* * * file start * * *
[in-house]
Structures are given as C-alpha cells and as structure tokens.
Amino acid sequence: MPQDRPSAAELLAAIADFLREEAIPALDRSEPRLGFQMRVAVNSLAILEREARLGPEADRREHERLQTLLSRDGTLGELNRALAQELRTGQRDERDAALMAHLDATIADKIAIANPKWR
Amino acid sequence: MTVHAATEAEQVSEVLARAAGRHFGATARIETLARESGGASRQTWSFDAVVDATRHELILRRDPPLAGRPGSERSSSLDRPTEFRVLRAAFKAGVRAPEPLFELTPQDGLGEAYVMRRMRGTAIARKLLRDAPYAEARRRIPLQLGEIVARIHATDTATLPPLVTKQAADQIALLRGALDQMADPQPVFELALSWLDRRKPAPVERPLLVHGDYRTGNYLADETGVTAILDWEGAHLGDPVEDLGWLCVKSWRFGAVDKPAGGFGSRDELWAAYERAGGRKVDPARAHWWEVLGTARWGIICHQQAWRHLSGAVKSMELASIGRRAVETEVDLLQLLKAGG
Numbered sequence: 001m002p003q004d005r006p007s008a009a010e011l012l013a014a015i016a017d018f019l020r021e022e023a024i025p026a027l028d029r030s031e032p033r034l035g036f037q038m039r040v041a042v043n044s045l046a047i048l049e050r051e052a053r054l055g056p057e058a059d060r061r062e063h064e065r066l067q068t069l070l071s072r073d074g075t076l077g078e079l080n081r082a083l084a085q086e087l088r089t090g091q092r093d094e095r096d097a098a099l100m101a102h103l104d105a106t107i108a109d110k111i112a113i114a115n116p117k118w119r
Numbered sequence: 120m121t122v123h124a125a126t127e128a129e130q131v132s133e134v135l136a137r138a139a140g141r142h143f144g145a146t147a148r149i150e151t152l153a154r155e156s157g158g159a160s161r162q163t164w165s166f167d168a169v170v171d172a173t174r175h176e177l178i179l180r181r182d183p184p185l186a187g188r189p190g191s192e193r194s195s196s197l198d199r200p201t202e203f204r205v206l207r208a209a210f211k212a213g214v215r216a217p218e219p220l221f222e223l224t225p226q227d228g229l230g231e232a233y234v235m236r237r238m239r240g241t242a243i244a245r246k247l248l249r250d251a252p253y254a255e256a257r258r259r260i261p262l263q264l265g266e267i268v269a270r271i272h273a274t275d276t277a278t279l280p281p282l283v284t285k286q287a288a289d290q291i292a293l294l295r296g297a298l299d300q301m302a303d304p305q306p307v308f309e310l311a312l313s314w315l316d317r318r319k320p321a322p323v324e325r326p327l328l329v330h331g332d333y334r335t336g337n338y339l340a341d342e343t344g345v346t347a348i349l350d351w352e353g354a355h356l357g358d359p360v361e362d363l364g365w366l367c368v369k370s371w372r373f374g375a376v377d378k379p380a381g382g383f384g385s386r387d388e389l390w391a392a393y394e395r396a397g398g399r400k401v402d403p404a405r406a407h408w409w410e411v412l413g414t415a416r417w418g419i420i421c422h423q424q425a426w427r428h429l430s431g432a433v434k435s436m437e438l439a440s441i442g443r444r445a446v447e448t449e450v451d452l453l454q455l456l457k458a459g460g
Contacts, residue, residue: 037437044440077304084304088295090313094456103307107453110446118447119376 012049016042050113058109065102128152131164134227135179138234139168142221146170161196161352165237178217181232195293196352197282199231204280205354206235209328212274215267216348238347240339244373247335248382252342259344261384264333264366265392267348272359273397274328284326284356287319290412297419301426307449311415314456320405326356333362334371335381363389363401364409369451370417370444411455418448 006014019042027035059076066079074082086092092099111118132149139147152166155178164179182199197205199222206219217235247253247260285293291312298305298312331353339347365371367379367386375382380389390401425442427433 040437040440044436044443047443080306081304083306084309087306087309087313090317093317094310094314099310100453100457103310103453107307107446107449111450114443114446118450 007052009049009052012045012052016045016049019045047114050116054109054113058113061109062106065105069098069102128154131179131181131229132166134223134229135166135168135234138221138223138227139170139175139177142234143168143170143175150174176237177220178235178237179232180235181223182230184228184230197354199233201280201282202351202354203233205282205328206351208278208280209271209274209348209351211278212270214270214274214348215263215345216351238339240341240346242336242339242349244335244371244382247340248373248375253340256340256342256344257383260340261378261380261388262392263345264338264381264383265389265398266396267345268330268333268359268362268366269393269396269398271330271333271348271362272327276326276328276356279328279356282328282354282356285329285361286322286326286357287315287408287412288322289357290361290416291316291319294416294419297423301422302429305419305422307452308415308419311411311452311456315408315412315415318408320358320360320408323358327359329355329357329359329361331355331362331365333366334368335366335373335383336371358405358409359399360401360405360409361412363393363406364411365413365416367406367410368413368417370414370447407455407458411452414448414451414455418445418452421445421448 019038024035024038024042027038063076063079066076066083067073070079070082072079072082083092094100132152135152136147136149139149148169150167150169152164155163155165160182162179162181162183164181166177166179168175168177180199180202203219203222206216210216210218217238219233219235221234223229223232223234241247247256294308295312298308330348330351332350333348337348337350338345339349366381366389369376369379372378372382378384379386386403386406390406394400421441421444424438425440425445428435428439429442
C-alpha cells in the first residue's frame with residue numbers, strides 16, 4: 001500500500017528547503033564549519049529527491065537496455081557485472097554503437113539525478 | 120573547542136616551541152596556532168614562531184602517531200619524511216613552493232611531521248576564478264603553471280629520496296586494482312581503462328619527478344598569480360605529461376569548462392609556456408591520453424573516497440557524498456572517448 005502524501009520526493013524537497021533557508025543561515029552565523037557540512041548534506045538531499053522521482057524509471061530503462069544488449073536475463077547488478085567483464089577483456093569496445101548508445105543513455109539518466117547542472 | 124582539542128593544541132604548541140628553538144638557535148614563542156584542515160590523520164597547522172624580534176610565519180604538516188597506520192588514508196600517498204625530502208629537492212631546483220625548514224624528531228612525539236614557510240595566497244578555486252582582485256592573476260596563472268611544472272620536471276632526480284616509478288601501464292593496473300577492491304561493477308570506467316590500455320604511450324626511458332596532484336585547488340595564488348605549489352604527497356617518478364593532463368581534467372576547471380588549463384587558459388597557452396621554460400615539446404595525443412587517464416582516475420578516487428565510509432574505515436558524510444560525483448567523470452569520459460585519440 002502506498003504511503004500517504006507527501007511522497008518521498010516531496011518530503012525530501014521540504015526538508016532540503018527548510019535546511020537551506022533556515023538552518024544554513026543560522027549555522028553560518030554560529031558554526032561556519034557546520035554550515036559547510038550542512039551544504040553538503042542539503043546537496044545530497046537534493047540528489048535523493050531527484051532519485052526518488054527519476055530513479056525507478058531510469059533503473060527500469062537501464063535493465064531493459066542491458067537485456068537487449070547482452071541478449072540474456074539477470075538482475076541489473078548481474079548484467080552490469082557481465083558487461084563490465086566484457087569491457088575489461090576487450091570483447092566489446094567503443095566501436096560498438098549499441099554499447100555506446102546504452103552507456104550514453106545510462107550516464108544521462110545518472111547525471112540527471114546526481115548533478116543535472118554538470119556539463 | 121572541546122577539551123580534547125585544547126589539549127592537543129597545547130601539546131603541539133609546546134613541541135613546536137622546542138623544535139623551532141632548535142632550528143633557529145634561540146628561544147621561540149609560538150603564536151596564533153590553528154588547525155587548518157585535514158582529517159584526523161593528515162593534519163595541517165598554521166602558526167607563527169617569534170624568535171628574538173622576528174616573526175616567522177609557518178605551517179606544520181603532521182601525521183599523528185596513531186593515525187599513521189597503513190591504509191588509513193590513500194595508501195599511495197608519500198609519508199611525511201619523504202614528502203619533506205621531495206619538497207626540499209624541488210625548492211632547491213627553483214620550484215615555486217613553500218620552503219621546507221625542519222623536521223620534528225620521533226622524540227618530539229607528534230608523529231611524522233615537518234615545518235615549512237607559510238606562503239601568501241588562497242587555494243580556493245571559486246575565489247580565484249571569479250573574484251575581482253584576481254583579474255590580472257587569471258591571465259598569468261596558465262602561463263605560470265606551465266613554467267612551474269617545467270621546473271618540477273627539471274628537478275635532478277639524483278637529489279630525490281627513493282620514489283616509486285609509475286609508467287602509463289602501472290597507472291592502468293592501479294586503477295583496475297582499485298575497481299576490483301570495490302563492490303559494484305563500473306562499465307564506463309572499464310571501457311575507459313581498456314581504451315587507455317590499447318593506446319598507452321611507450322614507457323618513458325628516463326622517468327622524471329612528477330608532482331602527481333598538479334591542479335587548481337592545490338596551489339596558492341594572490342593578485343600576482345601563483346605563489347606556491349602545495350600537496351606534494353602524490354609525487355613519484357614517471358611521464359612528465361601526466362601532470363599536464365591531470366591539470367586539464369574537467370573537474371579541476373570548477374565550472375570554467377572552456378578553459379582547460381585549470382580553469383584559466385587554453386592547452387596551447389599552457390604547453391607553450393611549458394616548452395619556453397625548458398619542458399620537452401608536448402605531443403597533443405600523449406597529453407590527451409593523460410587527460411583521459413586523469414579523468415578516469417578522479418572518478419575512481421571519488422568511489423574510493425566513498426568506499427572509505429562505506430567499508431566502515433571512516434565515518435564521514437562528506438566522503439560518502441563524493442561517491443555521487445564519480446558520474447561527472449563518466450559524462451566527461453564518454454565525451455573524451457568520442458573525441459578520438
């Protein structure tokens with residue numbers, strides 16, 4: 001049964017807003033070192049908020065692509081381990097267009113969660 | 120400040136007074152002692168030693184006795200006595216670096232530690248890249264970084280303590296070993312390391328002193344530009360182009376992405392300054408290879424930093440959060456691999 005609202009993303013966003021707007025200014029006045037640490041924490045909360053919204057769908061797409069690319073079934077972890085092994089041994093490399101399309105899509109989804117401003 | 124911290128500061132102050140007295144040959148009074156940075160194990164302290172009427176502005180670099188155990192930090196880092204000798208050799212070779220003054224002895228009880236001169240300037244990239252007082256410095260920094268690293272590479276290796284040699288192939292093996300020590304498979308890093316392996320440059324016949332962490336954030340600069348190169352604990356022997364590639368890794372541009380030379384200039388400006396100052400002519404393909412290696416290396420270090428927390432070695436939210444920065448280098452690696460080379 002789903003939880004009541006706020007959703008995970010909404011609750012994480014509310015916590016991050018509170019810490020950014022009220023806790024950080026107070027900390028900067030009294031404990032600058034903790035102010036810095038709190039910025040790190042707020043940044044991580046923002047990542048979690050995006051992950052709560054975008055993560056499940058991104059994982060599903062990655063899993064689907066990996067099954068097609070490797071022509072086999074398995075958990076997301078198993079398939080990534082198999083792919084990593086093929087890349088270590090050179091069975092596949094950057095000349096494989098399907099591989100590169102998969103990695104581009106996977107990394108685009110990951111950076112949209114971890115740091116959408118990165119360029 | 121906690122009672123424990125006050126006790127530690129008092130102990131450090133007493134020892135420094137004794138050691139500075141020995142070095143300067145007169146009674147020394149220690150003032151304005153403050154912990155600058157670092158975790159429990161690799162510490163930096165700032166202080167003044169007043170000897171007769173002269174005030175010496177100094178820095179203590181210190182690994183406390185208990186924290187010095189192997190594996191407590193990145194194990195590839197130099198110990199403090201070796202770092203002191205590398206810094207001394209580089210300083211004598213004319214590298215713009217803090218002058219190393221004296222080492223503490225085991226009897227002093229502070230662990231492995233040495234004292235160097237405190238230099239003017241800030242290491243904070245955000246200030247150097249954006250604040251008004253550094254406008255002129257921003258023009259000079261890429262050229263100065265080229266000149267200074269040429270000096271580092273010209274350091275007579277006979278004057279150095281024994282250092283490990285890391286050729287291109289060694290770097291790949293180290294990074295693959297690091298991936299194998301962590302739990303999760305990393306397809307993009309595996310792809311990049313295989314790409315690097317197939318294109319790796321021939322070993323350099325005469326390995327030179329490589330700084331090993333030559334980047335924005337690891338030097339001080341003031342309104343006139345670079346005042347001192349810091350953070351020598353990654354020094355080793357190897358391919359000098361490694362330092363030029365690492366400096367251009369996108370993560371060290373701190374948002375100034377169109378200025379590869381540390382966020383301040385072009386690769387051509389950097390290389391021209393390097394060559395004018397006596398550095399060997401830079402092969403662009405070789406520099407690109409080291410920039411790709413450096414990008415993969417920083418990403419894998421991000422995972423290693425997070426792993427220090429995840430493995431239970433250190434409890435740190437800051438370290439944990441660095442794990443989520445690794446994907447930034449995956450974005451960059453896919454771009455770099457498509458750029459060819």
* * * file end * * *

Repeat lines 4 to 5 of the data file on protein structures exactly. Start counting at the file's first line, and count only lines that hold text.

Amino acid sequence: MTVHAATEAEQVSEVLARAAGRHFGATARIETLARESGGASRQTWSFDAVVDATRHELILRRDPPLAGRPGSERSSSLDRPTEFRVLRAAFKAGVRAPEPLFELTPQDGLGEAYVMRRMRGTAIARKLLRDAPYAEARRRIPLQLGEIVARIHATDTATLPPLVTKQAADQIALLRGALDQMADPQPVFELALSWLDRRKPAPVERPLLVHGDYRTGNYLADETGVTAILDWEGAHLGDPVEDLGWLCVKSWRFGAVDKPAGGFGSRDELWAAYERAGGRKVDPARAHWWEVLGTARWGIICHQQAWRHLSGAVKSMELASIGRRAVETEVDLLQLLKAGG
Numbered sequence: 001m002p003q004d005r006p007s008a009a010e011l012l013a014a015i016a017d018f019l020r021e022e023a024i025p026a027l028d029r030s031e032p033r034l035g036f037q038m039r040v041a042v043n044s045l046a047i048l049e050r051e052a053r054l055g056p057e058a059d060r061r062e063h064e065r066l067q068t069l070l071s072r073d074g075t076l077g078e079l080n081r082a083l084a085q086e087l088r089t090g091q092r093d094e095r096d097a098a099l100m101a102h103l104d105a106t107i108a109d110k111i112a113i114a115n116p117k118w119r